• Eren, H. A., O. Avinc, P. Uysal, and M. Wilding. “The Effects of Ozone Treatment on Polylactic Acid (PLA) Fibres.”  Textile Research Journal, March 2011.
  • Sato, S., D. Gondo, T. Wada, S. Kanehashi, and K. Nagai. “Effects of Various Liquid Organic Solvents on Solvent-Induced Crystallization of Amorphous Poly(lactic acid) Film.”  Journal of Applied Polymer Science, pp. 1607–1617, 2013.


6.0  For parts that will ultimately be sterilized, what are best practices to reduce viral loads and exposure risks prior to being sterilized?

William Davis, a SME with ATEC CBC on Dugway Proving Ground, UT, notes that the best practice for minimizing contamination before sterilization is a cover of some kind.  This is not always easy or practical in a manufacturing environment.  Some of the literature seems to indicate that without touching the skin to the surface, there would be minimal spread to individuals.  Rigorous enforcement of fresh, clean gloves will minimize touching of contaminated surfaces with subsequent transfer to the skin.  To mitigate spread, sterilization and then covering will minimize recontamination and spread of the virus [19].

The basic question here is how the chosen decontamination solutions will interact with these materials; this will be manufacturer and material specific.

The CDC recommends alcohol and/or bleach/water solutions for decontamination—hence, the question will be material-specific based on the selected decontamination substance (e.g., bleach/water and alcohol).

It can be noted that bleach/water is a standard decontamination agent for biological agents, and decontamination is regularly performed in Tyvek suits and other nonpermeable textiles.  Note that Tyvek is a brand name, and the breakthrough time will vary based on the product—these breakthrough times are available through the manufacturer [7].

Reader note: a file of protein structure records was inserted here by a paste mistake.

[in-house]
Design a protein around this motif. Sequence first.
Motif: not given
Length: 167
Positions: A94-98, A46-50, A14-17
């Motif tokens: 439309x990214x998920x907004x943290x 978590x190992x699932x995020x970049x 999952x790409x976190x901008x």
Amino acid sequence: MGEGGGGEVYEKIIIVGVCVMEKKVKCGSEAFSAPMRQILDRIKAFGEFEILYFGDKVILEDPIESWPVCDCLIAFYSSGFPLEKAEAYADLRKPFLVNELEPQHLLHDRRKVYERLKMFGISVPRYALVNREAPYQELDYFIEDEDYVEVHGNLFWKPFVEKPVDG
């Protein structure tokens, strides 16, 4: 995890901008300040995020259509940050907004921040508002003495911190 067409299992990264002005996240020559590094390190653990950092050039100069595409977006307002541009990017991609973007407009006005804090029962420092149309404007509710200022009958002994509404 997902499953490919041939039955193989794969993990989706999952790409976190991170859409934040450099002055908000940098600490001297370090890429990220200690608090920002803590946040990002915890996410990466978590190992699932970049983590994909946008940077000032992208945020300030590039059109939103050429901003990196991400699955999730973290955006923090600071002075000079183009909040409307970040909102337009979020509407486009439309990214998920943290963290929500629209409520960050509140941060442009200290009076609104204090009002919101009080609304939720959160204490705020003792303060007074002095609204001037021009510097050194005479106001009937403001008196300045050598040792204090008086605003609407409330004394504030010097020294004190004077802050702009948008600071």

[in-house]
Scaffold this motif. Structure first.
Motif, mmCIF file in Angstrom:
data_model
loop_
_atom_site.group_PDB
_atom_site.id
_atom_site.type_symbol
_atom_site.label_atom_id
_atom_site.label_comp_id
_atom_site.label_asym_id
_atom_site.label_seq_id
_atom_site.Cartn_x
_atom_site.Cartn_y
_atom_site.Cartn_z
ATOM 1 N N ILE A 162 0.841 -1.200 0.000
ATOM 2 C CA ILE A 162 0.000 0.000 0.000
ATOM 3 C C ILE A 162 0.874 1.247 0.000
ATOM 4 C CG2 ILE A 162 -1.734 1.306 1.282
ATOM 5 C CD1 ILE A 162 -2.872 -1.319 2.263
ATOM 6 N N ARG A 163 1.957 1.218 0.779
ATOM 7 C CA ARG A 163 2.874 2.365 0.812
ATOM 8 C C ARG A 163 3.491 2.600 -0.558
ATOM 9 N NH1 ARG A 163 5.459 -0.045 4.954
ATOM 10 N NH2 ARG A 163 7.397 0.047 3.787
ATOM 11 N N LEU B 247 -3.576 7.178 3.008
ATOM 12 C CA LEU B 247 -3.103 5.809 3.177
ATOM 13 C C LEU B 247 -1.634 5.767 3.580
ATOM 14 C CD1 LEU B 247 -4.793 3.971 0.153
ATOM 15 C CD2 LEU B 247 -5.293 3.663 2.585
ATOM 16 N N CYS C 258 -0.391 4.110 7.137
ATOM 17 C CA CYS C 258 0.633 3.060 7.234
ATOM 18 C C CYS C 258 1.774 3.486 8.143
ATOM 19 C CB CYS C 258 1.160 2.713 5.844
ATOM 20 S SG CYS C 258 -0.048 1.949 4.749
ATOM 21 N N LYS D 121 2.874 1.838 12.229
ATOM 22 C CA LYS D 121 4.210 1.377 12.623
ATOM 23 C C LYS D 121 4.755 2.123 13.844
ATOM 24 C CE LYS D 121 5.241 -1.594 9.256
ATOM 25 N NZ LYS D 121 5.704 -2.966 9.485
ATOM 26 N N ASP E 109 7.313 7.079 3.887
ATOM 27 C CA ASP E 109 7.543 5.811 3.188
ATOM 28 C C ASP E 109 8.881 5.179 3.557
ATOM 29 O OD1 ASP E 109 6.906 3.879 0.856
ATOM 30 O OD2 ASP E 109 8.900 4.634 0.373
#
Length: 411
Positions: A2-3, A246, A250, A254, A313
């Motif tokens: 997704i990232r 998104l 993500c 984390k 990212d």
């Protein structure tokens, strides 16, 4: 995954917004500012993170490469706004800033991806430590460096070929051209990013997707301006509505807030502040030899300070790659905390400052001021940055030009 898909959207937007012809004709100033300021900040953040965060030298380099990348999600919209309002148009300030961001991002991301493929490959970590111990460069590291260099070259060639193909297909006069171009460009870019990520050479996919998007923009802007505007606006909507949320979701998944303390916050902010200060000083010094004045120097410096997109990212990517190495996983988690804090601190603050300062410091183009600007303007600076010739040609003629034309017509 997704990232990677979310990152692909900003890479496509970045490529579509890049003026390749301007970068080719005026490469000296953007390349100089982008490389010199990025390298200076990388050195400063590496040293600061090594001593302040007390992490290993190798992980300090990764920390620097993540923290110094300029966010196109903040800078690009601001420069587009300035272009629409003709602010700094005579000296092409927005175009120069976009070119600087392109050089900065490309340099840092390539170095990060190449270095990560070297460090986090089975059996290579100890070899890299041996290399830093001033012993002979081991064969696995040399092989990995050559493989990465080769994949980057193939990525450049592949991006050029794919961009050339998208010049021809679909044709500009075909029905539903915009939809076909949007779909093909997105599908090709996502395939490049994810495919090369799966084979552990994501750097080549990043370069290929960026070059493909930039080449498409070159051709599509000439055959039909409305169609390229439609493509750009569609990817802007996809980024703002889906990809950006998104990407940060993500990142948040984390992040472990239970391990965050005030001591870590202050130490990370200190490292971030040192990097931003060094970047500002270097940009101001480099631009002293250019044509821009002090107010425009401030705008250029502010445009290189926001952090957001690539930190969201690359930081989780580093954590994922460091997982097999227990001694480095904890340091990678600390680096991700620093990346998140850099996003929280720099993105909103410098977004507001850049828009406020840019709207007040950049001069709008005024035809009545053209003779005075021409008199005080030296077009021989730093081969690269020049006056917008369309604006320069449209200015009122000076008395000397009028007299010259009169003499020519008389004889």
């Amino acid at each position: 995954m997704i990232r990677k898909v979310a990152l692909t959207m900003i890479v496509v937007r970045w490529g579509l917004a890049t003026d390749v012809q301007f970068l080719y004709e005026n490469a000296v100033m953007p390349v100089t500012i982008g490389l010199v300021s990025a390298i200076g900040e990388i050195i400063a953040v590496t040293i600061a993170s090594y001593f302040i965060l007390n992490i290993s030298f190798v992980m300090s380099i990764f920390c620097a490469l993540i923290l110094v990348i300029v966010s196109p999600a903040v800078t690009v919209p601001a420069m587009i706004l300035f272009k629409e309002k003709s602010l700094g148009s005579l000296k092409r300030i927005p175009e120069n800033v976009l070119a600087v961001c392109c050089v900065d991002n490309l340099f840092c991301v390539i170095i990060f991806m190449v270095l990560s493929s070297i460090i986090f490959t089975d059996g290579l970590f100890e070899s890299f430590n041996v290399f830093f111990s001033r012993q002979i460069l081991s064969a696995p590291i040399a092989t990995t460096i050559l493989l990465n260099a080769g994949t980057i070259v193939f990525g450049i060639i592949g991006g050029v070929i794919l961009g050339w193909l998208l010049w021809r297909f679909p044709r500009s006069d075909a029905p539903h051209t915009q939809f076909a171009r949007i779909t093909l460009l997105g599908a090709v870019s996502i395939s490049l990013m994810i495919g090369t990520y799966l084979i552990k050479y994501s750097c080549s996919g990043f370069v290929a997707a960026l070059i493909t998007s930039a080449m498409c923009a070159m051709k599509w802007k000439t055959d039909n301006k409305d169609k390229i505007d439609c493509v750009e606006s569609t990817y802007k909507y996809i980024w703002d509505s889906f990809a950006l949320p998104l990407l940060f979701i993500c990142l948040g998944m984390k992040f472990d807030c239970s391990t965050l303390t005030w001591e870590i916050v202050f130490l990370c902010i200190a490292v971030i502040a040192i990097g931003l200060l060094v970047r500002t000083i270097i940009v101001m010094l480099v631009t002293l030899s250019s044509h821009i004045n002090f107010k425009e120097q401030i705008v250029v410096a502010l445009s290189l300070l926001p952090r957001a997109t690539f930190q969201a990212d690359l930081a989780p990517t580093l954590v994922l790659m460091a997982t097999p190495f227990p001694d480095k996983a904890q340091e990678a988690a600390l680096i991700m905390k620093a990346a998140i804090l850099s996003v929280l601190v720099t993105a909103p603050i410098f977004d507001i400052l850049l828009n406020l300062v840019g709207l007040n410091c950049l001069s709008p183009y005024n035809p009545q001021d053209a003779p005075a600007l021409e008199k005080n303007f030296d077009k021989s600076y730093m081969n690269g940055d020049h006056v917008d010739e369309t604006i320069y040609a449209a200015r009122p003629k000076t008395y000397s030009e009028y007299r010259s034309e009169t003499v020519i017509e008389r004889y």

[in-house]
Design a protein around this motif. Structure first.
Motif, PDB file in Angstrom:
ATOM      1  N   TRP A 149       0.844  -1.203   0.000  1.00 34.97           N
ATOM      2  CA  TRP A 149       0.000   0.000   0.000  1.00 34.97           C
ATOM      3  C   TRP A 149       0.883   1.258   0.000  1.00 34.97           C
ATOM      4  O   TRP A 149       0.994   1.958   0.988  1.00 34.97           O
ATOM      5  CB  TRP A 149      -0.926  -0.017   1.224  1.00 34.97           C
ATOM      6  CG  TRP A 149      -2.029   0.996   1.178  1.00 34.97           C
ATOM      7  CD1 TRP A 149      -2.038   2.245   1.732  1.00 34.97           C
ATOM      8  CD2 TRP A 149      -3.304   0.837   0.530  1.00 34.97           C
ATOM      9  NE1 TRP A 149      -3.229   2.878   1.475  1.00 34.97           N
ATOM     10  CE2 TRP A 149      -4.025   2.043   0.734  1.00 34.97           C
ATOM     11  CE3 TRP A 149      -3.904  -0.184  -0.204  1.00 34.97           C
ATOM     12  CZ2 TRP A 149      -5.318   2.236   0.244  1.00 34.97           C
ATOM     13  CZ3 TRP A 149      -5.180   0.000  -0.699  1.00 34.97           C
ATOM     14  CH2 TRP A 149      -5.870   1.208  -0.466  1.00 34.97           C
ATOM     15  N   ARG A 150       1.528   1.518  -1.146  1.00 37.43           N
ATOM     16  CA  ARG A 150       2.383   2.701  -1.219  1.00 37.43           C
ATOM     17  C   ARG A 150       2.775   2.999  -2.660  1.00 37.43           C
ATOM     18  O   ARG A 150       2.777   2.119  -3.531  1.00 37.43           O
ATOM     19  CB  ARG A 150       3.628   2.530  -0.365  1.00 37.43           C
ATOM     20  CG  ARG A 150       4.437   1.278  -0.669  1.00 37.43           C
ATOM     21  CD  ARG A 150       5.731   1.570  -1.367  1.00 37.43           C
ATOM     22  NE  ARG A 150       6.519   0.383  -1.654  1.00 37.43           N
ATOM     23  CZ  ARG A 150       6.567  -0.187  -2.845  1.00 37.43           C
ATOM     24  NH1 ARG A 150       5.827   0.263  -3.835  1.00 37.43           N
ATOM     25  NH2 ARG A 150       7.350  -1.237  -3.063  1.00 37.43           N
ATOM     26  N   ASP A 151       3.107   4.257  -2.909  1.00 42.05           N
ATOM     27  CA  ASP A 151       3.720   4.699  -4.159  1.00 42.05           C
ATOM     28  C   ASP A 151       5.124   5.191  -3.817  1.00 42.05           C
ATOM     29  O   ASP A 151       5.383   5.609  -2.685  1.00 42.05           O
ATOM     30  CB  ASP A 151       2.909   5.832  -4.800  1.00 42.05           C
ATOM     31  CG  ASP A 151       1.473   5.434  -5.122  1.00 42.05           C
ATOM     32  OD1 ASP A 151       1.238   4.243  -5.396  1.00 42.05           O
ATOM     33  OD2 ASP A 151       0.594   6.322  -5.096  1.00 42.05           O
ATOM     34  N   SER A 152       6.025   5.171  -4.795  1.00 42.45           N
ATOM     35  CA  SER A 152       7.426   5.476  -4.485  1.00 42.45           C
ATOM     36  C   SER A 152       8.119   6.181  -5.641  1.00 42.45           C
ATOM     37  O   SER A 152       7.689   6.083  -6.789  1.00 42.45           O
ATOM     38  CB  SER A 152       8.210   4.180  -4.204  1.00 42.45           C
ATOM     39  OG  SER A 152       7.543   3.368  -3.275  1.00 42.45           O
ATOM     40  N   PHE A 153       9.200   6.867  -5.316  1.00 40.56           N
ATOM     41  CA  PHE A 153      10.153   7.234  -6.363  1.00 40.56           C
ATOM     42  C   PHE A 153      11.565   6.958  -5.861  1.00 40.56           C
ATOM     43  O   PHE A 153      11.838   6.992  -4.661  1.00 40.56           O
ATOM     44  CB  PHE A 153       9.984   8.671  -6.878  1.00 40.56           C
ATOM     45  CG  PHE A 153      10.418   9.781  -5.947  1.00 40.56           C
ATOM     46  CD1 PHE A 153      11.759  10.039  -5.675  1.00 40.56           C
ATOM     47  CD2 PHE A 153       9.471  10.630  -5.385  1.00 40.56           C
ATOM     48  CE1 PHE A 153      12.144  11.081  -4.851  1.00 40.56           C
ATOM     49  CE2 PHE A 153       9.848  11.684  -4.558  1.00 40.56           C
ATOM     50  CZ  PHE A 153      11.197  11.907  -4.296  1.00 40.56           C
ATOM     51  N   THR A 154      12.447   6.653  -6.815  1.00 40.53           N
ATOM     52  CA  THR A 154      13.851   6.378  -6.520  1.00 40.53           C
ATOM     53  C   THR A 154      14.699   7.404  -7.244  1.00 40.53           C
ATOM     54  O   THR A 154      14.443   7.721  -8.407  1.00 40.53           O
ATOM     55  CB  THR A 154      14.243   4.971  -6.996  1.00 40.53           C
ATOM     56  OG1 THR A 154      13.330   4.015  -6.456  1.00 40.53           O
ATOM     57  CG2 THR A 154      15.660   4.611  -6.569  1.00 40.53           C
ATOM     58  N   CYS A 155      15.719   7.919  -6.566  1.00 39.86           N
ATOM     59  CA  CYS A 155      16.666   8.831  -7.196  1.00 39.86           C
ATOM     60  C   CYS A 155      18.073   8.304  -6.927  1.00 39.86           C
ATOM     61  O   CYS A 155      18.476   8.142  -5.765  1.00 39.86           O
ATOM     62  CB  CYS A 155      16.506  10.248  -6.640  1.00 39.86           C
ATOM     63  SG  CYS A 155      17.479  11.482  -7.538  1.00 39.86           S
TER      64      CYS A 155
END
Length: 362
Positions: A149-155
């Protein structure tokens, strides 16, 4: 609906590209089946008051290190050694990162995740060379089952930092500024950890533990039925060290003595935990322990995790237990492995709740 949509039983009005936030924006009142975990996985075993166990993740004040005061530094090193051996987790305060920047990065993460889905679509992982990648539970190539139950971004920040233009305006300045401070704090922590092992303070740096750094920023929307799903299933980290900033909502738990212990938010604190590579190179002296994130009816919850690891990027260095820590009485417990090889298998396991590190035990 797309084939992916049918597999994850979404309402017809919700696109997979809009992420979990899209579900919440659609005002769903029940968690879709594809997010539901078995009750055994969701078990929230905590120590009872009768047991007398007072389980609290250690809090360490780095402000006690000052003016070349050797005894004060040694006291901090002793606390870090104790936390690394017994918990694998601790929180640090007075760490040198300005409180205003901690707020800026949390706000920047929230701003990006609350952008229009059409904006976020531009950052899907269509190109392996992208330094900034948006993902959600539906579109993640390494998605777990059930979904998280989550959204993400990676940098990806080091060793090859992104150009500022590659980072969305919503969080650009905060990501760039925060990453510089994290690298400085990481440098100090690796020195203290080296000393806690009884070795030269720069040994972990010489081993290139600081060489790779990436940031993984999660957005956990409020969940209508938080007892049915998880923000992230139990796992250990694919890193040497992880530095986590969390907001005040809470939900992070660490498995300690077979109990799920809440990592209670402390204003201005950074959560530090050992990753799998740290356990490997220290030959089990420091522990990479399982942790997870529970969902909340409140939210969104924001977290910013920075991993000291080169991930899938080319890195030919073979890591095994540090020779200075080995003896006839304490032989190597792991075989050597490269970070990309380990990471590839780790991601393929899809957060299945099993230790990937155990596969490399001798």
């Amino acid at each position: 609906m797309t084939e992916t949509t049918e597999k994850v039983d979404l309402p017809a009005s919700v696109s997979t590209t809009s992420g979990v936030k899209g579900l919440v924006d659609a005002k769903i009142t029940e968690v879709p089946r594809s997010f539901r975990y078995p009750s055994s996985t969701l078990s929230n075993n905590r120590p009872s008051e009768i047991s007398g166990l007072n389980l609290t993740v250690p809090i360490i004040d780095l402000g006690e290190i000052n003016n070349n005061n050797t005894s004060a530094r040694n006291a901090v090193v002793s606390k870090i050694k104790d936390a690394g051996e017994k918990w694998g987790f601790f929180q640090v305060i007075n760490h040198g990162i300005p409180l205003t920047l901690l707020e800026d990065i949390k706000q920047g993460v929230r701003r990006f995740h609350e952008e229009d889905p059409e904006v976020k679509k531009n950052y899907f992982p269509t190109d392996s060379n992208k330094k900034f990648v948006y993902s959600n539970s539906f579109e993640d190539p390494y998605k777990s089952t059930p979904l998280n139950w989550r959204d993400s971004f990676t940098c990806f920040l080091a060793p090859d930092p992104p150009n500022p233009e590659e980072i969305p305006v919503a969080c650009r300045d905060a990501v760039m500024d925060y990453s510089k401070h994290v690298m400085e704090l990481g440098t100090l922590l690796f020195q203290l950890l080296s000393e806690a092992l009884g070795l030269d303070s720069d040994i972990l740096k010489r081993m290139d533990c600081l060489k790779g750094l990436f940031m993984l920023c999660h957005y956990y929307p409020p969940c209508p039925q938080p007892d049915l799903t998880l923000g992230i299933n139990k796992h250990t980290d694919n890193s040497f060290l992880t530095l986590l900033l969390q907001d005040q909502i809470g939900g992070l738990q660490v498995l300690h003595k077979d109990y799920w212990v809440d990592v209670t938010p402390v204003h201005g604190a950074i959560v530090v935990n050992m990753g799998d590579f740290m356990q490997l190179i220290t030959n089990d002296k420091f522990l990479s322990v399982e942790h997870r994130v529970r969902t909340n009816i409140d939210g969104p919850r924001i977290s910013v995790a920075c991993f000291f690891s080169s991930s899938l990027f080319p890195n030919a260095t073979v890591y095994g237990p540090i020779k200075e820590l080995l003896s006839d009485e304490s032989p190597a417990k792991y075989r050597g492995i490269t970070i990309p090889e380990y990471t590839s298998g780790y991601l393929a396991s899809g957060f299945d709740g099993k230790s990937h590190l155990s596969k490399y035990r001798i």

[1] America Makes.  “COVID-19 Needs and Capabilities Repository.”  https://www., accessed 24 March 2020.

[2] Martof, A., B. Ribic, A. Resnick, and J. Wilcynski.  America Makes.  Personal communication,  23 March 2020.

[3] McDaniel, L.  ASME.  Personal communication, 24 March 2020.

[4] ASTM International.  “ASTM Standards & COVID-19.”, accessed 25 March 2020.

[5] The Economist.  “How Long Can the Novel Coronavirus Survive on Surfaces and in the Air?”, 19 March 2020.

[6] Motes, D., and R. Piner.  TRI-Austin.  Personal communication, 24 March 2020.

[7] Redifer, S.  HDIAC.  Personal communication, 23 March 2020.

[8]  Pawloski, A., C. Tran, and E. Hochstein.  Stratasys.  Personal communication, 24 March 2020.

[9] Preidt, R.  “The Most Effective Ways to Kill Coronavirus in Your Home.”  WebMD.  https://, 18 March 2020.

[10] CDC.  “Clean & Disinfect.”, accessed 23 March 2020.

[11] Therkorn, J.  Johns Hopkins University Applied Physics Laboratory.  Personal communication, 24 March 2020.

[12] Tienes, B. M.  NSWC Indian Head EOD Technology Division, CBR Defense Division. Personal communication, 23 March 2020.

[13] Therkorn, J., N. Thomas, L. Calderon, J. Scheinbeim, and G. Mainelis.  “Design and Development of a Passive Bioaerosol Sampler Using Polarized Ferroelectric Polymer Film.”  Journal of Aerosol Science, vol. 105, pp. 128–144, March 2017, https://www., 21 December 2016.

[14] Goyal, S. M., Y. Chandler, S. Yezli, and J. A. Otter.  “Evaluating the Virucidal Efficacy of Hydrogen Peroxide Vapour.”  J. Hosp. Infect., vol. 86, no. 4, pp. 255–259, April 2014,, 27 February 2014.

[15] Buhr, T.  Naval Surface Warfare Center Dahlgren Division. Personal communication, 23 March 2020.

[16] U.S. Army ManTech.  Personal communication, 23 March 2020.

[17] Environmental Protection Agency.  “List N:  Disinfectants for Use Against SARS-CoV-2.”, updated 19 March 2020.

[18] Deputy Director.  U.S. Army CCDC CBC. Personal communication, 25 March 2020.

[19] Davis, W.  U.S. Army Test Evaluation Command Bio Test Division.  Personal communication, 23 March 2020.